PCV Valve add on for 1960 Valiant Slant 6

Slant 6 Engines

  1. Ronusny

    Ronusny Member

    Messages:
    9
    Likes Received:
    0
    Joined:
    Jul 14, 2021
    Location:
    Loudonville,New York
    Local Time:
    6:58 PM
    Hi everyone-
    I’m wondering if anybody has added a PCV system to their ‘60 Valiant?
    I would just like to get rid of that stinky smoke.
    Or maybe even a pipe diverter?
    Thanks. Ron A
     
  2. Professor Fate

    Professor Fate Push the button, Max...

    Messages:
    3,535
    Likes Received:
    5150
    Joined:
    Jan 13, 2020
    Location:
    Wisconsin
    Local Time:
    5:58 PM
    "Stinky smoke" would be making me look for other issues, like excessive blow-by or bad valve seals. In good condition, it should be running relatively clean... Is the smoke coming from the road tube?
    To answer your question, the easiest way to add a PCV is from a donor motor, something '66 or earlier.
    You will need the valve cover and carburetor. Remove your units, and install the newer valve cover with PCV and breather. Install the later carburetor (up to '66 will have compatible mechanical throttle and kickdown linkage for your car), hook up the PCV hose from the valve to the new carb's PCV port. Attach all linkages and other vacuum lines as they were before.
    Later model parts could also be used, but would require fabrication to the throttle and kickdown linkages to operate properly (or replacement with later cable-operated parts), and would also require the later model air cleaner with an additional fitting for the late model valve cover breather hose; and kind of spoils the period-correct look...
     
  3. Ronusny

    Ronusny Member

    Messages:
    9
    Likes Received:
    0
    Joined:
    Jul 14, 2021
    Location:
    Loudonville,New York
    Local Time:
    6:58 PM
     
  4. slantsixdan

    slantsixdan =..=

    Messages:
    6,961
    Likes Received:
    2303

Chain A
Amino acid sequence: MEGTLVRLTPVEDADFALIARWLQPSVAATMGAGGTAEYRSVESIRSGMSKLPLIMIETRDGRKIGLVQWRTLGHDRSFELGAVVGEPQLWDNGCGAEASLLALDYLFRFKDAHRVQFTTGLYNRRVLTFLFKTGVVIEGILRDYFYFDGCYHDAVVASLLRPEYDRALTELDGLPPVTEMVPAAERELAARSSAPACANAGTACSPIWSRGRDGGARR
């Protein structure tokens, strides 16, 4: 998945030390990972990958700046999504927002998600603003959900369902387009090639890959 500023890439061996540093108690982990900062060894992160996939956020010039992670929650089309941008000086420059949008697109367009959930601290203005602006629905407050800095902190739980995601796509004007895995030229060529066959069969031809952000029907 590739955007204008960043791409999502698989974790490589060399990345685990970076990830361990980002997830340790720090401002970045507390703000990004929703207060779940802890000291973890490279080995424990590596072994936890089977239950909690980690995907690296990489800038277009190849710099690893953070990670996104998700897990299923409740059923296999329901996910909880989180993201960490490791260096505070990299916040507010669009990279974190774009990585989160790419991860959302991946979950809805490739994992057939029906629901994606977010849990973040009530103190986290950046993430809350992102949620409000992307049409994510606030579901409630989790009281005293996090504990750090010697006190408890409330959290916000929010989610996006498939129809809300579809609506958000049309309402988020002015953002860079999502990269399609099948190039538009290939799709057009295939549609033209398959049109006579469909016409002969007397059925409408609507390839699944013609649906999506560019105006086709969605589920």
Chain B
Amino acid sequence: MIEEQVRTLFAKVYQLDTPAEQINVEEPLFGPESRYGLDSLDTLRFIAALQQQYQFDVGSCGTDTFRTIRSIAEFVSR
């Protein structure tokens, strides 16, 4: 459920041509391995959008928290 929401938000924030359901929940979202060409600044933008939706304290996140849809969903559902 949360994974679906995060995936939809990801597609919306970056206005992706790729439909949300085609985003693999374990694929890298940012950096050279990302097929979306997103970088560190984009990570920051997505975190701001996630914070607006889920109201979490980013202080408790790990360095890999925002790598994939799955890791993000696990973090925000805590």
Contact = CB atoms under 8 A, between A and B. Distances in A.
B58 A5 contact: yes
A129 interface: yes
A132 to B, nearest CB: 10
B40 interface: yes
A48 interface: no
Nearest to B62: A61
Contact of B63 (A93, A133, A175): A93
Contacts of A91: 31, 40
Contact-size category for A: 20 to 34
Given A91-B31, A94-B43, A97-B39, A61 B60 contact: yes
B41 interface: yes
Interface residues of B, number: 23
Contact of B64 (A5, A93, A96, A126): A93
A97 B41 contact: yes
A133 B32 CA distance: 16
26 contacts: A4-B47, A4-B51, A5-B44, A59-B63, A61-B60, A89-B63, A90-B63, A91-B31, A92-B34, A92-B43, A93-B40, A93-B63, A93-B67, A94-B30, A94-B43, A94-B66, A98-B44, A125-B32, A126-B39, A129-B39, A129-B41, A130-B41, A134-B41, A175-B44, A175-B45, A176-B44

Joined:
    Jan 7, 2007
    Location:
    Vancouver BC
    Local Time:
    3:58 PM
    Most of the info you need is here, except there are additional parts needed if your '60 engine is all original.

    If you still have the '60-only intake manifold—it's aluminum, so check with a magnet—and the '60 carburetor, then you will need to do some parts swapping. How much swapping of what parts depends on how patient you're willing to be and how much money, time, and effort you're willing to put into this. The '60 intake manifold does not have the extra 1/4" hole on the carb mounting pad. This hole was provided as the PCV flow pass-thru starting on the '61 manifolds (cast iron). There's a matching hole on the bottom of the throttle body of a PCV-compatible carb, leading to the nipple at the left front corner of the carb where the PCV hose attaches. You can't just drill the 1/4" hole in the manifold yourself, because there's no metal there for it; the carb mount was slightly enlarged to accommodate it.

    One workaround involves swapping on a '61-up intake manifold and one of several different suitable carburetors.

    Another workaround that leaves the existing intake in place: In '67 on the Carter BBS, a couple years later on the Holley 1920, the PCV arrangement on the carburetor was moved over to the right (inboard, driver's) side and the pass-thru was completely contained within the throttle body; it entered at an inward-downward angle so there was no longer a need for that 1/4" hole on the outboard side of the carb mount pad: